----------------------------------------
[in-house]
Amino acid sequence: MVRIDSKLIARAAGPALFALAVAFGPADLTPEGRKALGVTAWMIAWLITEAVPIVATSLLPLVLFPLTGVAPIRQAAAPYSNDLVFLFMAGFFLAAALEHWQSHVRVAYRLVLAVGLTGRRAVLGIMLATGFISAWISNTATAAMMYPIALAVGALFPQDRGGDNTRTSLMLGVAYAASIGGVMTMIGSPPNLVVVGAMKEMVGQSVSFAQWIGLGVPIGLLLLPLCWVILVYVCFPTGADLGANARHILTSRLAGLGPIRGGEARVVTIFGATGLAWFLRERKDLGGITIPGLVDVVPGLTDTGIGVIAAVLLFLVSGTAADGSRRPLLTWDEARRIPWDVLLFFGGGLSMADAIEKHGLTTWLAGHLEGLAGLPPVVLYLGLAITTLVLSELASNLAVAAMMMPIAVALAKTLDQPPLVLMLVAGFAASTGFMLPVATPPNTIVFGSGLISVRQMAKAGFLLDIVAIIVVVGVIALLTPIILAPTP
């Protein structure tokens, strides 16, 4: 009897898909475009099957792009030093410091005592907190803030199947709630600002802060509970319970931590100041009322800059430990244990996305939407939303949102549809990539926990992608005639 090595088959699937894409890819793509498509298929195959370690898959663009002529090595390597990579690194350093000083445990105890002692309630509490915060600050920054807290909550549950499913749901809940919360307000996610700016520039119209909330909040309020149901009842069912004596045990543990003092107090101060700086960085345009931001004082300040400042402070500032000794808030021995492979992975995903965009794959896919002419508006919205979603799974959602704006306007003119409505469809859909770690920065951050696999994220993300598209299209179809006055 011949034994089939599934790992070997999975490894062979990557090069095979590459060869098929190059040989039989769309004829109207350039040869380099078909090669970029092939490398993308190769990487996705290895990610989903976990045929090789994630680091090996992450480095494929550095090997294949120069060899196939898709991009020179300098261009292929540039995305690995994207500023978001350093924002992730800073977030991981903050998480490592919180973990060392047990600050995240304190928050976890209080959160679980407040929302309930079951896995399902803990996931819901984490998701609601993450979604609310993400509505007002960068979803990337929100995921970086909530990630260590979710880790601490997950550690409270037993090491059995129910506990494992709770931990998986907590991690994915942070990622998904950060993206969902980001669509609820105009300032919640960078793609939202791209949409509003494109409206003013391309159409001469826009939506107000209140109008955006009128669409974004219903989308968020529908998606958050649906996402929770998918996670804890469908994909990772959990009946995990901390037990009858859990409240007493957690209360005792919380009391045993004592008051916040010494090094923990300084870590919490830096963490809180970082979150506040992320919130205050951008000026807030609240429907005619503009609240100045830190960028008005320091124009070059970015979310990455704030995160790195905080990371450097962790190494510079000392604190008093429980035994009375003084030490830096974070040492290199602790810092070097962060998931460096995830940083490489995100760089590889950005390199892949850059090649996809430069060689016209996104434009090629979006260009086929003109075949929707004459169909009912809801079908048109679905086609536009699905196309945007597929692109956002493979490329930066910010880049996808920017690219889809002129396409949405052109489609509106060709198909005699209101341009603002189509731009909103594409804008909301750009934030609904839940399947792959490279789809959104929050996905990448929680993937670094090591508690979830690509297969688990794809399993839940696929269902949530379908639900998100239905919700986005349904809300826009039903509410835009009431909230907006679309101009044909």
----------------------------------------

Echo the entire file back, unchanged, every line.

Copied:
[in-house]
Amino acid sequence: MVRIDSKLIARAAGPALFALAVAFGPADLTPEGRKALGVTAWMIAWLITEAVPIVATSLLPLVLFPLTGVAPIRQAAAPYSNDLVFLFMAGFFLAAALEHWQSHVRVAYRLVLAVGLTGRRAVLGIMLATGFISAWISNTATAAMMYPIALAVGALFPQDRGGDNTRTSLMLGVAYAASIGGVMTMIGSPPNLVVVGAMKEMVGQSVSFAQWIGLGVPIGLLLLPLCWVILVYVCFPTGADLGANARHILTSRLAGLGPIRGGEARVVTIFGATGLAWFLRERKDLGGITIPGLVDVVPGLTDTGIGVIAAVLLFLVSGTAADGSRRPLLTWDEARRIPWDVLLFFGGGLSMADAIEKHGLTTWLAGHLEGLAGLPPVVLYLGLAITTLVLSELASNLAVAAMMMPIAVALAKTLDQPPLVLMLVAGFAASTGFMLPVATPPNTIVFGSGLISVRQMAKAGFLLDIVAIIVVVGVIALLTPIILAPTP
């Protein structure tokens, strides 16, 4: 009897898909475009099957792009030093410091005592907190803030199947709630600002802060509970319970931590100041009322800059430990244990996305939407939303949102549809990539926990992608005639 090595088959699937894409890819793509498509298929195959370690898959663009002529090595390597990579690194350093000083445990105890002692309630509490915060600050920054807290909550549950499913749901809940919360307000996610700016520039119209909330909040309020149901009842069912004596045990543990003092107090101060700086960085345009931001004082300040400042402070500032000794808030021995492979992975995903965009794959896919002419508006919205979603799974959602704006306007003119409505469809859909770690920065951050696999994220993300598209299209179809006055 011949034994089939599934790992070997999975490894062979990557090069095979590459060869098929190059040989039989769309004829109207350039040869380099078909090669970029092939490398993308190769990487996705290895990610989903976990045929090789994630680091090996992450480095494929550095090997294949120069060899196939898709991009020179300098261009292929540039995305690995994207500023978001350093924002992730800073977030991981903050998480490592919180973990060392047990600050995240304190928050976890209080959160679980407040929302309930079951896995399902803990996931819901984490998701609601993450979604609310993400509505007002960068979803990337929100995921970086909530990630260590979710880790601490997950550690409270037993090491059995129910506990494992709770931990998986907590991690994915942070990622998904950060993206969902980001669509609820105009300032919640960078793609939202791209949409509003494109409206003013391309159409001469826009939506107000209140109008955006009128669409974004219903989308968020529908998606958050649906996402929770998918996670804890469908994909990772959990009946995990901390037990009858859990409240007493957690209360005792919380009391045993004592008051916040010494090094923990300084870590919490830096963490809180970082979150506040992320919130205050951008000026807030609240429907005619503009609240100045830190960028008005320091124009070059970015979310990455704030995160790195905080990371450097962790190494510079000392604190008093429980035994009375003084030490830096974070040492290199602790810092070097962060998931460096995830940083490489995100760089590889950005390199892949850059090649996809430069060689016209996104434009090629979006260009086929003109075949929707004459169909009912809801079908048109679905086609536009699905196309945007597929692109956002493979490329930066910010880049996808920017690219889809002129396409949405052109489609509106060709198909005699209101341009603002189509731009909103594409804008909301750009934030609904839940399947792959490279789809959104929050996905990448929680993937670094090591508690979830690509297969688990794809399993839940696929269902949530379908639900998100239905919700986005349904809300826009039903509410835009009431909230907006679309101009044909």